ADDRESS AT THE SEMINARS ON ?FORTY YEARS OF KOTHARI COMMISION RECOMMENDATIONS - QUALITY SCIENCE EDUCATION AND RESEARCH IN THE NEW MILLENNIUM? AT UNIVERSITY OF DELHI, NEW DELHI
04-12-2006 : New Delhi
Challenges to the Academic Institutions
?Creativity leads to thinking,
Thinking provides knowledge,
Knowledge makes you great.?
I am indeed delighted to participate in the Seminar on ?Forty Years of Kothari Commission Recommendations ? Quality Science Education and Research in the New Millennium? being organized by the University of Delhi. I greet the vice-chancellor, faculty members, scientists, students, distinguished guests and friends. I was thinking on this occasion what thoughts I can share with you. I would like to talk on the topic ?Challenges to the Academic Institutions? that will focus on how to attract the best minds towards science and give a purpose to the university education.
I. Attracting the best minds towards science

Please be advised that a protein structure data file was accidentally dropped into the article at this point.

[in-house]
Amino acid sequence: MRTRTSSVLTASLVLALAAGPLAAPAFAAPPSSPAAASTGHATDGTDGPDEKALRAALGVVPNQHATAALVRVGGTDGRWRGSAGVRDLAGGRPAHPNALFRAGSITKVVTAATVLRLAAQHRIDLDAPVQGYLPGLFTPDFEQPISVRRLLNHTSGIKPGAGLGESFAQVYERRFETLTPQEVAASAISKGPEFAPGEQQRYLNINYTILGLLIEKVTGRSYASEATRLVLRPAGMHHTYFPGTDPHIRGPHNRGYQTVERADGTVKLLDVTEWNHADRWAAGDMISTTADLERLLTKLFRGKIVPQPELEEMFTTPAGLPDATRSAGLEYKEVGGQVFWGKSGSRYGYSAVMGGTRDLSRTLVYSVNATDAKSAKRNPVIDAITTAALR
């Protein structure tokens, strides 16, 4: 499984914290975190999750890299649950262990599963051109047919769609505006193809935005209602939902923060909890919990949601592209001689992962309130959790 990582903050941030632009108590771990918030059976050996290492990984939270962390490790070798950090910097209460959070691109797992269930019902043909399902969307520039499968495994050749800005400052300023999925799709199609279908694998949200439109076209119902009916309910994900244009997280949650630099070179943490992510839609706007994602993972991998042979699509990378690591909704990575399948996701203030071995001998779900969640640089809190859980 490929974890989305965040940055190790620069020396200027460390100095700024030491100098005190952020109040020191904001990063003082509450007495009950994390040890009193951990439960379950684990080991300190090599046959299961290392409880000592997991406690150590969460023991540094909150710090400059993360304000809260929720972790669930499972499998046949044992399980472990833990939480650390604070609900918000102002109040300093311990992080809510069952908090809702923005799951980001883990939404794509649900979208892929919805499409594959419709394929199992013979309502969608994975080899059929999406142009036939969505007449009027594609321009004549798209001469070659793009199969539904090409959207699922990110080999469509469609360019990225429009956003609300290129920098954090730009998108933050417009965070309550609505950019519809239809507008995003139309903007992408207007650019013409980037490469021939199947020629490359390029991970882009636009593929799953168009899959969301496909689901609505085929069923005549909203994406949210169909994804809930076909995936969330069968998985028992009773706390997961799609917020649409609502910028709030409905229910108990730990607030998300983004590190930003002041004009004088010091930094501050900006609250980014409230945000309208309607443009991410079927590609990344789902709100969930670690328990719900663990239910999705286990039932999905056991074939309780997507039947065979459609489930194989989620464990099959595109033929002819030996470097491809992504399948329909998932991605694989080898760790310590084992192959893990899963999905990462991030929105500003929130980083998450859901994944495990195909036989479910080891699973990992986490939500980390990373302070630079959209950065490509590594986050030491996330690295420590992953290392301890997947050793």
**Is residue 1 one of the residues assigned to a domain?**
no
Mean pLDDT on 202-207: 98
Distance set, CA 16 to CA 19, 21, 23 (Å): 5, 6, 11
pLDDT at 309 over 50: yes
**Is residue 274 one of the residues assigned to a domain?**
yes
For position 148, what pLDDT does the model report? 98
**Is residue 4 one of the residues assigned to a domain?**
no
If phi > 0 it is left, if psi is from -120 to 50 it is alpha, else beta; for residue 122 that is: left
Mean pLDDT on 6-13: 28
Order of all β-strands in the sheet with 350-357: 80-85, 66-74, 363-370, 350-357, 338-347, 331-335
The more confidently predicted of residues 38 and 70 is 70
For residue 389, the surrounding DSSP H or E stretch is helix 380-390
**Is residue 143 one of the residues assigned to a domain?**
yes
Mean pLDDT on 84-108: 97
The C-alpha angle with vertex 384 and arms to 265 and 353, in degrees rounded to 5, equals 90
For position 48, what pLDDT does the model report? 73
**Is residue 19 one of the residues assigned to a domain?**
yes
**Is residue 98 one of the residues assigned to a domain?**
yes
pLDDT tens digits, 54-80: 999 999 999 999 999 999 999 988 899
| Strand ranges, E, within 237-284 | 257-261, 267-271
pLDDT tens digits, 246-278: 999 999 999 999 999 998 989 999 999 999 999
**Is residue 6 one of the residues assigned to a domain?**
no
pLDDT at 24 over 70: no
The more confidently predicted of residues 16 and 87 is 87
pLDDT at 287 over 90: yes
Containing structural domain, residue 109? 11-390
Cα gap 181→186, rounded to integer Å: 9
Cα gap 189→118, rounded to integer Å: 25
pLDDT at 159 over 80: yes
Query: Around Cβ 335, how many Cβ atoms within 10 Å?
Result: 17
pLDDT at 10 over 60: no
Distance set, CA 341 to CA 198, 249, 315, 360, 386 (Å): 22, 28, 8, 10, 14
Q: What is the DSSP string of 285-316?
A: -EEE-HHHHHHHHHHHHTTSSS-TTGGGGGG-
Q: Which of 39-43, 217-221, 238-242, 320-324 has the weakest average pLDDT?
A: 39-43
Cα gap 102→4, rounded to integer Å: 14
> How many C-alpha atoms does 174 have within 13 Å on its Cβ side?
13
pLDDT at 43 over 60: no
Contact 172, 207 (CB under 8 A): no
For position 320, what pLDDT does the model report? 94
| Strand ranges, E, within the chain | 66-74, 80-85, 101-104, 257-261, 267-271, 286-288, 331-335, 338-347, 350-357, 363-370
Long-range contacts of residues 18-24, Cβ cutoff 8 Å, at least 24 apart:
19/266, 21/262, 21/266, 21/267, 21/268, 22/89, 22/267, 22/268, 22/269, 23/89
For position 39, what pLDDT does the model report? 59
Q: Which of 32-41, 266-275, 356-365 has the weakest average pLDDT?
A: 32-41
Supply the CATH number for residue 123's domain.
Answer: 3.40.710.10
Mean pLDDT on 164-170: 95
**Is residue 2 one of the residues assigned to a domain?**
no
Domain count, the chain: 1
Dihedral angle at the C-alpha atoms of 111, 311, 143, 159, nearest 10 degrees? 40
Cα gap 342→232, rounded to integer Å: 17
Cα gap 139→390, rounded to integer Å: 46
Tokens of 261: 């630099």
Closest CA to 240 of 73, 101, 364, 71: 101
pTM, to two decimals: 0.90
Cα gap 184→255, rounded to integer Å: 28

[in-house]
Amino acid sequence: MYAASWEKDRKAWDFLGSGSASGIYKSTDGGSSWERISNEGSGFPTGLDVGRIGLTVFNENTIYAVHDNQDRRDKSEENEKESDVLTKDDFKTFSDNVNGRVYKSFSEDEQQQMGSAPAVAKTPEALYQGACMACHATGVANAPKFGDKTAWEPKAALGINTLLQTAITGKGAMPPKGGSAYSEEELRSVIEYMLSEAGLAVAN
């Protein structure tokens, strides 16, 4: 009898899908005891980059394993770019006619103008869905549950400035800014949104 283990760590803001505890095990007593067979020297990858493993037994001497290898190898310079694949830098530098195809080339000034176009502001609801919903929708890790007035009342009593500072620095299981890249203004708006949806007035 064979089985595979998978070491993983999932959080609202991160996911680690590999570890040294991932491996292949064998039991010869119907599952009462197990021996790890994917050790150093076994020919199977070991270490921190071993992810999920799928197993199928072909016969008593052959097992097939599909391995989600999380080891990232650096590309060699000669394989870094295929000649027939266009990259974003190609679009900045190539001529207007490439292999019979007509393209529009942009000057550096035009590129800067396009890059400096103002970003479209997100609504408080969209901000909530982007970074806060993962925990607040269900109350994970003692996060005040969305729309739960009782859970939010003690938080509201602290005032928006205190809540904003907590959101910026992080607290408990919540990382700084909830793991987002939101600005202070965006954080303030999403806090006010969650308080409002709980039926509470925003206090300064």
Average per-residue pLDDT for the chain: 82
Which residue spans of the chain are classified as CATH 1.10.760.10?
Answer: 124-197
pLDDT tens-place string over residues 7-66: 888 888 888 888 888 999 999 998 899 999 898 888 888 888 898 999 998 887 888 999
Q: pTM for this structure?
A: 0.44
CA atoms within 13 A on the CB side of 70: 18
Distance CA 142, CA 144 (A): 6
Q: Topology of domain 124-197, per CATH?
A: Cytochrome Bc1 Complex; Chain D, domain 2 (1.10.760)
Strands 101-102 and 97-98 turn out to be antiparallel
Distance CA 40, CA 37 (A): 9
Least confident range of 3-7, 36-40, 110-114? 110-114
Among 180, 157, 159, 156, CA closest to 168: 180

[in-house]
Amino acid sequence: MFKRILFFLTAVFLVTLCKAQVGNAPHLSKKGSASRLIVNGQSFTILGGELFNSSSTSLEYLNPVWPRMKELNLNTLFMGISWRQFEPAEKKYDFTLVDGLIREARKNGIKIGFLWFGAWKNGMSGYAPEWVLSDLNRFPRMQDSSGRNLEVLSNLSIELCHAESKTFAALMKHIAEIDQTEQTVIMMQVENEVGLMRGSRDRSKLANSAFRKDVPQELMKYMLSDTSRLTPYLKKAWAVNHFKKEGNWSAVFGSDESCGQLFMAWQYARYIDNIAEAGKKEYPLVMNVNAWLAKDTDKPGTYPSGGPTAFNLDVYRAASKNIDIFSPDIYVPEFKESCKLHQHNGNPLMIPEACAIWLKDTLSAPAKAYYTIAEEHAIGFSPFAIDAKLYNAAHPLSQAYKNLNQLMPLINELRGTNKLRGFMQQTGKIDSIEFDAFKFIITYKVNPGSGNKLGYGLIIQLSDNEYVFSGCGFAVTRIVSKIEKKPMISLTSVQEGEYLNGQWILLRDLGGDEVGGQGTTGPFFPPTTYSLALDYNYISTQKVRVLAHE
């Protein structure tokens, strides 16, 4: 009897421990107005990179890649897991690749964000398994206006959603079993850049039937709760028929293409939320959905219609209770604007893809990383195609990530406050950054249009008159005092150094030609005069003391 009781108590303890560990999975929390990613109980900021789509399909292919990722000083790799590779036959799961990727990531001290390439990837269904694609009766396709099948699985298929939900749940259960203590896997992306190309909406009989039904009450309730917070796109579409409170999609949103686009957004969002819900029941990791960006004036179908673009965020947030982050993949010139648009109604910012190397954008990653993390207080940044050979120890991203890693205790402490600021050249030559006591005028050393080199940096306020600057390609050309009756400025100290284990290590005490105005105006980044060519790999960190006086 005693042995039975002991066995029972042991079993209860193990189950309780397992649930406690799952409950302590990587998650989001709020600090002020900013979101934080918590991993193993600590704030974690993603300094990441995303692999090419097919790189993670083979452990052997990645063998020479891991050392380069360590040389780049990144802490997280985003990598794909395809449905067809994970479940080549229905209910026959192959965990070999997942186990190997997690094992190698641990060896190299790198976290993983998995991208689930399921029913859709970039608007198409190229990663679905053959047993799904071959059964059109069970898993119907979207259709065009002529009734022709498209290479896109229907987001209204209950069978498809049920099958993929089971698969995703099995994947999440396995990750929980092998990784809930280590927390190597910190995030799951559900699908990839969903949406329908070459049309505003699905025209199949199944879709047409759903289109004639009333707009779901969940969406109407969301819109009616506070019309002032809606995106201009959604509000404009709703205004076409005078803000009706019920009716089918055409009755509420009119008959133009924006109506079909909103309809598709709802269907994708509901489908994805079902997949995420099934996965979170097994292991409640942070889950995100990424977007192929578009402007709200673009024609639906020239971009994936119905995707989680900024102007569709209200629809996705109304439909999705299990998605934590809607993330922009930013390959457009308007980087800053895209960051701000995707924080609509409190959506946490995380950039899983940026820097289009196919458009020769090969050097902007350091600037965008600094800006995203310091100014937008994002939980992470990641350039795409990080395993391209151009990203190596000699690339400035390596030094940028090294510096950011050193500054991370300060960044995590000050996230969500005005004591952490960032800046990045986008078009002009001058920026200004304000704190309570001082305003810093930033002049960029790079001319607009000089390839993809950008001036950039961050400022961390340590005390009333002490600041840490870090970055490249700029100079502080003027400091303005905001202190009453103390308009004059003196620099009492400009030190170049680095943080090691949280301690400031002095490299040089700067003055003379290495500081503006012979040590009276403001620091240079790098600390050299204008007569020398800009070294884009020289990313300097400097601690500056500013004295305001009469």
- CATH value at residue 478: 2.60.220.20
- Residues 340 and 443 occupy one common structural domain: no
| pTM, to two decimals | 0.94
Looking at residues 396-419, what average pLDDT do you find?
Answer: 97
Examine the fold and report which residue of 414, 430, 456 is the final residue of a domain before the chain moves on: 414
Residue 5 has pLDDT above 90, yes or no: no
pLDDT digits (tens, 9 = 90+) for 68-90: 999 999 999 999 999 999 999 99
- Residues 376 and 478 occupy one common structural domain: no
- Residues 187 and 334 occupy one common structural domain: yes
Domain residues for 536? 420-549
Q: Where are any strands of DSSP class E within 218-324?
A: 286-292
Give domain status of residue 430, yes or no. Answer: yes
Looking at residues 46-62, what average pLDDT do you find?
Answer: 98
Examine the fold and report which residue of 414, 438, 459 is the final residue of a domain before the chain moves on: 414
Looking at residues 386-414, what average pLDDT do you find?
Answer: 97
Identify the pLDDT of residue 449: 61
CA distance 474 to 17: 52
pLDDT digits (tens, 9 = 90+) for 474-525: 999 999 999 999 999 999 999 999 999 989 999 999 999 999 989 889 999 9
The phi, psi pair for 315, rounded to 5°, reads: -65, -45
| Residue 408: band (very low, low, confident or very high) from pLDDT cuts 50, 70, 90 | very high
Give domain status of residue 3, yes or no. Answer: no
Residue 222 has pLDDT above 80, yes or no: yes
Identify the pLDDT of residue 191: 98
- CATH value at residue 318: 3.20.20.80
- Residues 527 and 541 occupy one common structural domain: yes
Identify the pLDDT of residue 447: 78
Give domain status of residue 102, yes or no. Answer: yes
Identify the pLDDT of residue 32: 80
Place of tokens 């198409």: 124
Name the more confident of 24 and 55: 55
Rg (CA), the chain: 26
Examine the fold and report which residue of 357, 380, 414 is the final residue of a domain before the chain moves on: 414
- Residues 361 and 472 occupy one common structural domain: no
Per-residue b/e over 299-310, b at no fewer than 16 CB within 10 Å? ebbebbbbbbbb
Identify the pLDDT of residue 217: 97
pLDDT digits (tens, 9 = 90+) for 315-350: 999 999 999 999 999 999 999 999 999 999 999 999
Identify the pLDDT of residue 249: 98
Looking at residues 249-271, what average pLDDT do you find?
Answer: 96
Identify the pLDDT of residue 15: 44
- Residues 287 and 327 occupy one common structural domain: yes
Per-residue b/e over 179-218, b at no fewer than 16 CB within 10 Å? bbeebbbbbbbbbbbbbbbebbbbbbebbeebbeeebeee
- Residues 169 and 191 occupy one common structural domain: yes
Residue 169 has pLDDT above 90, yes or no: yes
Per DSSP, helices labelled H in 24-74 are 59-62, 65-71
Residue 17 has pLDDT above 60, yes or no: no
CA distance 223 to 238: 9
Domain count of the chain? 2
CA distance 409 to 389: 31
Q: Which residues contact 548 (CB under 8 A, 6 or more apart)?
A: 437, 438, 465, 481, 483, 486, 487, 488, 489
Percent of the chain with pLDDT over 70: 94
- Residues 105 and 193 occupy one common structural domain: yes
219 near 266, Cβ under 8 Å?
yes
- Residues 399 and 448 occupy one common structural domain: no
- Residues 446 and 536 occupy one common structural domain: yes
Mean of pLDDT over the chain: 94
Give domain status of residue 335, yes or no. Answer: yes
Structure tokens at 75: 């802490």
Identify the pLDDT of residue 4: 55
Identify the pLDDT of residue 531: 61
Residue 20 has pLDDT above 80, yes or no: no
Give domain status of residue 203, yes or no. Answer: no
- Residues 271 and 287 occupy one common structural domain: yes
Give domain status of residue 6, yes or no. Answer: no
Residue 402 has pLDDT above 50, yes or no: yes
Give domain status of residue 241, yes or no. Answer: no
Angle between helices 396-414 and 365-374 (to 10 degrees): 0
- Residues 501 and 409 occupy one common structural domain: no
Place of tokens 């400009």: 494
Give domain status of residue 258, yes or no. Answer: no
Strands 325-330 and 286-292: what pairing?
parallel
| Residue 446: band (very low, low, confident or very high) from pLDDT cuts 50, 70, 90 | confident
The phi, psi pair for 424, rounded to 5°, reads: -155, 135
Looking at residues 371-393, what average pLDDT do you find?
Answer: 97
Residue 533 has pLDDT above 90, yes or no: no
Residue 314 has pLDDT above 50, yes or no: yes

I would like to narrate an incident which took place during a function conferring Nobel Laureate Prof. Norman E Borlaug, a well known agricultural scientist and a partner in India?s first Green revolution, with Dr. M S Swaminathan Award, at Vigyan Bhavan, New Delhi on the 15th of March 2005. Prof. Borlaug, at the age of 91, was in the midst of all the praise showered on him from everybody gathered there. When his turn came, he got up and highlighted India?s advancement in the agricultural science and production and said that the political visionary Shri C. Subramaniam and Dr. M S Swaminathan, pioneer in agricultural science were the prime architects of First Green Revolution in India. Even though Prof Norman Borlaug was himself a partner in the first green revolution, he did not make a point on this. He recalled with pride, Dr. Verghese Kurien who ushered White Revolution in India. Then the surprise came. He turned to scientists sitting in the third row, fifth row and eighth row of the audience. He identified Dr. Raja Ram, a wheat specialist, Dr S K Vasal, a maize specialist, Dr. B. R. Barwale, a seed specialist. He said, all these scientists had contributed for India?s and Asia?s agricultural science. Dr. Borlaug introduced them to the audience by asking them to stand and ensured that the audience cheered and greeted the scientists with great enthusiasm. This scene I have not witnessed in our country before. This action of Dr. Norman Borlaug, I call it as ?Scientific Magnanimity?. Friends, if we aspire to achieve great things in life, we need Scientific Magnanimity to focus the young achievers. It is my experience that great mind and great heart go together. This Scientific Magnanimity will motivate the scientific community and nurture team spirit.